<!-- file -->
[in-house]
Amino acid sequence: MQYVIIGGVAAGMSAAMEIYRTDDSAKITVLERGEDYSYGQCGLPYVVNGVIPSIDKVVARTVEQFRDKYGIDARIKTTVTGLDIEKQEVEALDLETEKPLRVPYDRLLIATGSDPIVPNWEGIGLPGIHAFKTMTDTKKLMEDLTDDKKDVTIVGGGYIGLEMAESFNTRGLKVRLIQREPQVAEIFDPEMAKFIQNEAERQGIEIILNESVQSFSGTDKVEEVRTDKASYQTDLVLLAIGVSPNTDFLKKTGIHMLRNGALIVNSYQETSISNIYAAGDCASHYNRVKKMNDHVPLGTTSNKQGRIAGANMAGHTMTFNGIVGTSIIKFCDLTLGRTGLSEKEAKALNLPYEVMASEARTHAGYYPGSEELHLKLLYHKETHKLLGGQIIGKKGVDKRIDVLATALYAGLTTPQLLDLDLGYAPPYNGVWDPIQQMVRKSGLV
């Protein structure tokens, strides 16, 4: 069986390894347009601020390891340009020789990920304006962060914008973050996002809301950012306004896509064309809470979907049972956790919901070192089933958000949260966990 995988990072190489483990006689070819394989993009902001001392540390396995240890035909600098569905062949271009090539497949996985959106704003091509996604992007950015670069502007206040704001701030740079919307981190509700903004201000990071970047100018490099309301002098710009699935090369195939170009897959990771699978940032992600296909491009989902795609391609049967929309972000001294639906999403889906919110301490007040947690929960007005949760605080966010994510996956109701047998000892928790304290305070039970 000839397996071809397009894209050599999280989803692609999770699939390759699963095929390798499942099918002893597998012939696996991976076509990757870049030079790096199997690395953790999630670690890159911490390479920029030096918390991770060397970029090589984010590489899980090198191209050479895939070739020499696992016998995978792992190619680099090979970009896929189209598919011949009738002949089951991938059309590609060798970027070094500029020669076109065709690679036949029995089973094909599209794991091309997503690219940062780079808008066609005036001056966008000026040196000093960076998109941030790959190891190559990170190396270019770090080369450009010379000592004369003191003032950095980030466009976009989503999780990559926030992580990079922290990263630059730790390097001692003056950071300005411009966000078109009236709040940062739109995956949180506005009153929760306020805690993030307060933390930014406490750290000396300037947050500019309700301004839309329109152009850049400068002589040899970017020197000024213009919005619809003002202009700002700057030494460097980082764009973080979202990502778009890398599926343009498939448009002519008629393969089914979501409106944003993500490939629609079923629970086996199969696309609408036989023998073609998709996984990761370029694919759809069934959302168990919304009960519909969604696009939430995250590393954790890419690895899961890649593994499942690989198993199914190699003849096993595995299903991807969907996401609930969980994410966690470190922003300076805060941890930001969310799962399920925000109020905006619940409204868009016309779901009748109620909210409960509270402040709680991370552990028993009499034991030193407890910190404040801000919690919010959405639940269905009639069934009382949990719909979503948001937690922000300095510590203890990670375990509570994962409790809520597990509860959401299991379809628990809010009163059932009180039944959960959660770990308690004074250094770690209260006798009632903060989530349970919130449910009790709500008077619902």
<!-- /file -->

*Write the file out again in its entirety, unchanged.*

[in-house]
Amino acid sequence: MQYVIIGGVAAGMSAAMEIYRTDDSAKITVLERGEDYSYGQCGLPYVVNGVIPSIDKVVARTVEQFRDKYGIDARIKTTVTGLDIEKQEVEALDLETEKPLRVPYDRLLIATGSDPIVPNWEGIGLPGIHAFKTMTDTKKLMEDLTDDKKDVTIVGGGYIGLEMAESFNTRGLKVRLIQREPQVAEIFDPEMAKFIQNEAERQGIEIILNESVQSFSGTDKVEEVRTDKASYQTDLVLLAIGVSPNTDFLKKTGIHMLRNGALIVNSYQETSISNIYAAGDCASHYNRVKKMNDHVPLGTTSNKQGRIAGANMAGHTMTFNGIVGTSIIKFCDLTLGRTGLSEKEAKALNLPYEVMASEARTHAGYYPGSEELHLKLLYHKETHKLLGGQIIGKKGVDKRIDVLATALYAGLTTPQLLDLDLGYAPPYNGVWDPIQQMVRKSGLV
């Protein structure tokens, strides 16, 4: 069986390894347009601020390891340009020789990920304006962060914008973050996002809301950012306004896509064309809470979907049972956790919901070192089933958000949260966990 995988990072190489483990006689070819394989993009902001001392540390396995240890035909600098569905062949271009090539497949996985959106704003091509996604992007950015670069502007206040704001701030740079919307981190509700903004201000990071970047100018490099309301002098710009699935090369195939170009897959990771699978940032992600296909491009989902795609391609049967929309972000001294639906999403889906919110301490007040947690929960007005949760605080966010994510996956109701047998000892928790304290305070039970 000839397996071809397009894209050599999280989803692609999770699939390759699963095929390798499942099918002893597998012939696996991976076509990757870049030079790096199997690395953790999630670690890159911490390479920029030096918390991770060397970029090589984010590489899980090198191209050479895939070739020499696992016998995978792992190619680099090979970009896929189209598919011949009738002949089951991938059309590609060798970027070094500029020669076109065709690679036949029995089973094909599209794991091309997503690219940062780079808008066609005036001056966008000026040196000093960076998109941030790959190891190559990170190396270019770090080369450009010379000592004369003191003032950095980030466009976009989503999780990559926030992580990079922290990263630059730790390097001692003056950071300005411009966000078109009236709040940062739109995956949180506005009153929760306020805690993030307060933390930014406490750290000396300037947050500019309700301004839309329109152009850049400068002589040899970017020197000024213009919005619809003002202009700002700057030494460097980082764009973080979202990502778009890398599926343009498939448009002519008629393969089914979501409106944003993500490939629609079923629970086996199969696309609408036989023998073609998709996984990761370029694919759809069934959302168990919304009960519909969604696009939430995250590393954790890419690895899961890649593994499942690989198993199914190699003849096993595995299903991807969907996401609930969980994410966690470190922003300076805060941890930001969310799962399920925000109020905006619940409204868009016309779901009748109620909210409960509270402040709680991370552990028993009499034991030193407890910190404040801000919690919010959405639940269905009639069934009382949990719909979503948001937690922000300095510590203890990670375990509570994962409790809520597990509860959401299991379809628990809010009163059932009180039944959960959660770990308690004074250094770690209260006798009632903060989530349970919130449910009790709500008077619902």